Black Boy

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Aunt Addie Character Analysis

Granny’s youngest daughter, and Wright’s mother’s sister. Addie is also sternly religious, and runs the Christian school that Wright attends in Jackson. Addie attempts to discipline Wright early in the memoir for dropping walnut shells in class, but Wright is innocent and maintains his innocence, ultimately threatening Addie. Addie then spends much of the rest of the memoir ignoring Wright and considering him a “plague.”

Aunt Addie Quotes in Black Boy

The Black Boy quotes below are all either spoken by Aunt Addie or refer to Aunt Addie. For each quote, you can also see the other characters and themes related to it (each theme is indicated by its own dot and icon, like this one:
Racism Theme Icon
). Note: all page and citation info for the quotes below refers to the Harper Perennial edition of Black Boy published in 2015.
Chapter 4 Quotes

You’re just mad at me for something!
Don’t tell me I’m mad!
You’re too mad to believe anything I say.
Don’t speak to me like that!
Then how can I talk to you? You beat me for throwing walnuts on the floor! But I didn’t do it!

Related Characters: Richard Wright (speaker), Aunt Addie (speaker)
Related Symbols: The “switch”
Page Number: 121
Explanation and Analysis:

Aunt Addie, another of Richard's relatives, teams up with Granny when Richard leaves the house of Uncle Clark - believing that Richard is an inherently bad boy, that there is nothing anyone can do to help or "save" him, and that Richard needs only the guidance of Christianity to admit to and amend his ways. Richard finds Aunt Addie to be extremely cruel, and when Addie punishes him for making a mess in school, Richard denies doing it - it was in fact another student. Addie will not hear this, and when Richard tries to defend himself against her beatings, Addie tells Richard that he is possessed by the devil, and that he will one day be executed for the crimes he will commit.

This sheds yet more light on Richard's circumstances. He has done nothing wrong in this instance, other than standing up for himself. But those in positions of authority around him believe, in part because he has moved around so much in his youth, that he is inherently wicked - and that Christianity, imposed harshly, is the only thing that will put a stop to it.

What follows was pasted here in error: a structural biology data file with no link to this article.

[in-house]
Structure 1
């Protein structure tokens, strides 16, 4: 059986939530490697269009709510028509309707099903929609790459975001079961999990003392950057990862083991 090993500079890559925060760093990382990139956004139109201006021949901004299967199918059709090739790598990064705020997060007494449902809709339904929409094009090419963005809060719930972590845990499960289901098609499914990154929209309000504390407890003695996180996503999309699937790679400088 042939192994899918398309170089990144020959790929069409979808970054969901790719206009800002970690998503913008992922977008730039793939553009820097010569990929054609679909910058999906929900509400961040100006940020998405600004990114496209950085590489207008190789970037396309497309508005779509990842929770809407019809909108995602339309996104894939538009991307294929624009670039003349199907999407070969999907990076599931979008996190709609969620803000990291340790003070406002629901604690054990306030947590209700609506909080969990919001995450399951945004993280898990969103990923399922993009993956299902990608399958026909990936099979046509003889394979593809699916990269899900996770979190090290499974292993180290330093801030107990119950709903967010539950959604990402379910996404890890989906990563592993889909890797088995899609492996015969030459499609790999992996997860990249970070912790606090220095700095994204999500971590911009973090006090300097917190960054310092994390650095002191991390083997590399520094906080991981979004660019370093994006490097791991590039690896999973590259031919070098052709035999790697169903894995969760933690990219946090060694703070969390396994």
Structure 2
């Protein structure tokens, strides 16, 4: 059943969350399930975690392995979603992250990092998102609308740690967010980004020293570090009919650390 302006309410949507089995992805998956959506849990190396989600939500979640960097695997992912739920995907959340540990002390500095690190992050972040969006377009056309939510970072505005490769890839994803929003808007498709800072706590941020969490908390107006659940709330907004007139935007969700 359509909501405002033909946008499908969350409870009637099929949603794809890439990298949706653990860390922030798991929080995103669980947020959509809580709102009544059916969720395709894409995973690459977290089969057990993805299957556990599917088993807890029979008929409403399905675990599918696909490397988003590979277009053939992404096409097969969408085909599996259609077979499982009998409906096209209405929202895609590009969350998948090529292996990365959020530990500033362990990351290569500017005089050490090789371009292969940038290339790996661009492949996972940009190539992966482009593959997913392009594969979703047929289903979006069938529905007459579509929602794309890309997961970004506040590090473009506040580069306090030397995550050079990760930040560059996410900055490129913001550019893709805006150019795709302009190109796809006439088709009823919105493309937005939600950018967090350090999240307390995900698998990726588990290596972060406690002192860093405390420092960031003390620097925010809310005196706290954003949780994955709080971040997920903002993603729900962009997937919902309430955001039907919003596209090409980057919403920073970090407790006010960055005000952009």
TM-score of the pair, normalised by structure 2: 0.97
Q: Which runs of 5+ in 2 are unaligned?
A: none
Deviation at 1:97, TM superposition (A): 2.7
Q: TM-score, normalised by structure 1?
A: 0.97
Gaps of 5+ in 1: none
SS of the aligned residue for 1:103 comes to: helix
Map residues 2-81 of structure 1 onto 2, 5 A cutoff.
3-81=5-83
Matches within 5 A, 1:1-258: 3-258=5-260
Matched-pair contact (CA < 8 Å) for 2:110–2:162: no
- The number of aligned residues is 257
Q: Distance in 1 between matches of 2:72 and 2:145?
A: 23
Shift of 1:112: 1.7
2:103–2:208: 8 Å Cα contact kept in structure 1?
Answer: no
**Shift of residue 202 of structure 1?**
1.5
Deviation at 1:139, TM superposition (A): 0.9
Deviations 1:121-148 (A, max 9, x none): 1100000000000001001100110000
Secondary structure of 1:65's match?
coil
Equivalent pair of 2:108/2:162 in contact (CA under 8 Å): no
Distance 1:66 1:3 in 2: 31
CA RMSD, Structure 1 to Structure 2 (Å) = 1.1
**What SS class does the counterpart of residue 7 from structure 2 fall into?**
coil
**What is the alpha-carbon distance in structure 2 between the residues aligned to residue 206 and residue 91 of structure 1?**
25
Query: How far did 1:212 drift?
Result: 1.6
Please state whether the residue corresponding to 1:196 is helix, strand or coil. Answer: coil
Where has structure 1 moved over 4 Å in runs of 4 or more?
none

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Aunt Addie Character Timeline in Black Boy

The timeline below shows where the character Aunt Addie appears in Black Boy. The colored dots and icons indicate which themes are associated with that appearance.
Chapter 3
Movement and Dislocation Theme Icon
Hunger, Illness, and Suffering Theme Icon
Society and the Individual Theme Icon
...Chicago); Uncles Clark and Edward and Thomas from Mississippi; Uncle Charles from Mobile; and Aunt Addie from Huntsville. Richard begins sleepwalking at night, out of anxiety for his mother’s condition, and... (full context)
Chapter 4
Movement and Dislocation Theme Icon
Hunger, Illness, and Suffering Theme Icon
Christianity and “Being Saved” Theme Icon
Reading and Writing Theme Icon
Society and the Individual Theme Icon
...is an extreme adherent to the doctrines of the Seventh-Day Adventist Church. Her youngest daughter Addie (Aunt Addie) returns from Alabama to Jackson to teach in the church’s religious school, which... (full context)
Hunger, Illness, and Suffering Theme Icon
Christianity and “Being Saved” Theme Icon
Reading and Writing Theme Icon
Society and the Individual Theme Icon
Granny and Addie both feel that Richard is an ingrate, because he refuses to accept the teachings of... (full context)
Hunger, Illness, and Suffering Theme Icon
Christianity and “Being Saved” Theme Icon
Society and the Individual Theme Icon
Later that day, Richard and Addie return to Granny’s home, and Addie begins yelling at Richard, again, for not respecting her,... (full context)
Hunger, Illness, and Suffering Theme Icon
Christianity and “Being Saved” Theme Icon
Society and the Individual Theme Icon
Richard continues going to school in Addie’s classroom, though she no longer calls on him, and barely acknowledges his presence around the... (full context)
Chapter 5
Movement and Dislocation Theme Icon
Hunger, Illness, and Suffering Theme Icon
Reading and Writing Theme Icon
Society and the Individual Theme Icon
Granny and Addie give up on converting Richard to Christianity, and Richard settles into an uneasy truce with... (full context)
Movement and Dislocation Theme Icon
Hunger, Illness, and Suffering Theme Icon
Reading and Writing Theme Icon
Society and the Individual Theme Icon
Granny and Addie will not give Richard money for “earthly books,” meaning anything that is not the Bible,... (full context)
Hunger, Illness, and Suffering Theme Icon
Christianity and “Being Saved” Theme Icon
Society and the Individual Theme Icon
One summer day, Richard is sitting on the porch steps with Granny, Addie, and mother—Granny and Addie are arguing about “religious doctrine,” as they often do, and Richard... (full context)
Hunger, Illness, and Suffering Theme Icon
Christianity and “Being Saved” Theme Icon
Society and the Individual Theme Icon
Addie goes inside, where Richard has run to his room out of fear, and yells at... (full context)
Chapter 6
Hunger, Illness, and Suffering Theme Icon
Christianity and “Being Saved” Theme Icon
Society and the Individual Theme Icon
...again falls ill. To bring in extra money and help around the house, Granny and Addie have Uncle Tom and his family, from the outskirts of Jackson, live in the house.... (full context)
Chapter 7
Racism Theme Icon
Hunger, Illness, and Suffering Theme Icon
Reading and Writing Theme Icon
Society and the Individual Theme Icon
...it from another source. Granny worries that Richard is “doing the devil’s work,” as does Addie, and Tom complains that the story is “plotless.” (full context)